LEBANON: Silvia was a young, single, Sri Lankan mother seeking a better life for herself and her three-year-old son when she answered an advertisement for a housekeeping job in Lebanon. In the Beirut job agency, her passport was taken, and she was hired by a Lebanese woman who subsequently confined her and restricted her access to food and communications. Treated like a prisoner and beaten daily, Silvia was determined to escape. She jumped from a window to the street below, landing with such force that she is permanently paralyzed. She is now back in Sri Lanka. Today, she travels around the country telling her story so that others do not suffer a similar fate.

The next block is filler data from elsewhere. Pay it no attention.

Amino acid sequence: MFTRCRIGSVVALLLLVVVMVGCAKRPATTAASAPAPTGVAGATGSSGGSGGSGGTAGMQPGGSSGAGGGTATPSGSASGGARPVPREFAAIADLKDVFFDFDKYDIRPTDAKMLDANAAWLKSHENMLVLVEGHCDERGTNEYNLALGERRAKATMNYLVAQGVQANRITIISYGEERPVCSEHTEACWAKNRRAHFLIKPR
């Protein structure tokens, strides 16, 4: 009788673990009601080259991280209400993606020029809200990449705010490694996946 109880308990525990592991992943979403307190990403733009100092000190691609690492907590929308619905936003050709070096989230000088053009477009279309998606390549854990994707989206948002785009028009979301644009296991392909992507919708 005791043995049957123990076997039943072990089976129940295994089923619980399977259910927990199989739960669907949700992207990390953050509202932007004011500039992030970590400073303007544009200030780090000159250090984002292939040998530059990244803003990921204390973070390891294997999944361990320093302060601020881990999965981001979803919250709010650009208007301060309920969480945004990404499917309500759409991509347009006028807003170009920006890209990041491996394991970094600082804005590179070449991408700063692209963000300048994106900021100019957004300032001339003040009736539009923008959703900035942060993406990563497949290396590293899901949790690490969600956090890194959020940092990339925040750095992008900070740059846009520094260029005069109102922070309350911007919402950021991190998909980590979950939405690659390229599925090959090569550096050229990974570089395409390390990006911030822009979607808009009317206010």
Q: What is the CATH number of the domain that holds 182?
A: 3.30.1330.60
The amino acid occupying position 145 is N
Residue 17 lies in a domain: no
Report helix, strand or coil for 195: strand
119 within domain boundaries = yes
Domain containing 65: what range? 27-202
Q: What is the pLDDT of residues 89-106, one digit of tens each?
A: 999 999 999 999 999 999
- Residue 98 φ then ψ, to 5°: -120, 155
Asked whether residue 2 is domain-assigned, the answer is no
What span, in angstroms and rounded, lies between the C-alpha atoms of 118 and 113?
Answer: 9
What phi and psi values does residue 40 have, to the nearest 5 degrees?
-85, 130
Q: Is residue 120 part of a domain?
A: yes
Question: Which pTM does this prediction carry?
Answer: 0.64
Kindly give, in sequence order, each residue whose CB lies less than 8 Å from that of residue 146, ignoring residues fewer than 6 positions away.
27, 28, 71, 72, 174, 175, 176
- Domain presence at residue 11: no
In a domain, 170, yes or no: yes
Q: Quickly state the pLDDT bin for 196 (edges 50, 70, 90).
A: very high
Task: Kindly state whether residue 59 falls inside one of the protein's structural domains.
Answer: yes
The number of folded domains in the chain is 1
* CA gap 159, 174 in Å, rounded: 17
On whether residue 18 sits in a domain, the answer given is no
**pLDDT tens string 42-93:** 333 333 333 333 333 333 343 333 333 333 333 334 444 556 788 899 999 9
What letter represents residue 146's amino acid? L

INDIA: Shadir, a boy of 15 years, was offered a job that included good clothes and an education; he accepted. Instead of being given a job, Shadir was sold to a slave trader who took him to a remote village in India to produce hand-woven carpets. He was frequently beaten. He worked 12 to 14 hours a day and he was poorly fed. One day, Shadir was rescued by a NGO working to combat slavery. It took several days for him to realize he was no longer enslaved. He returned to his village, was reunited with his mother, and resumed his schooling. Now Shadir warns fellow village children about the risks of becoming a child slave.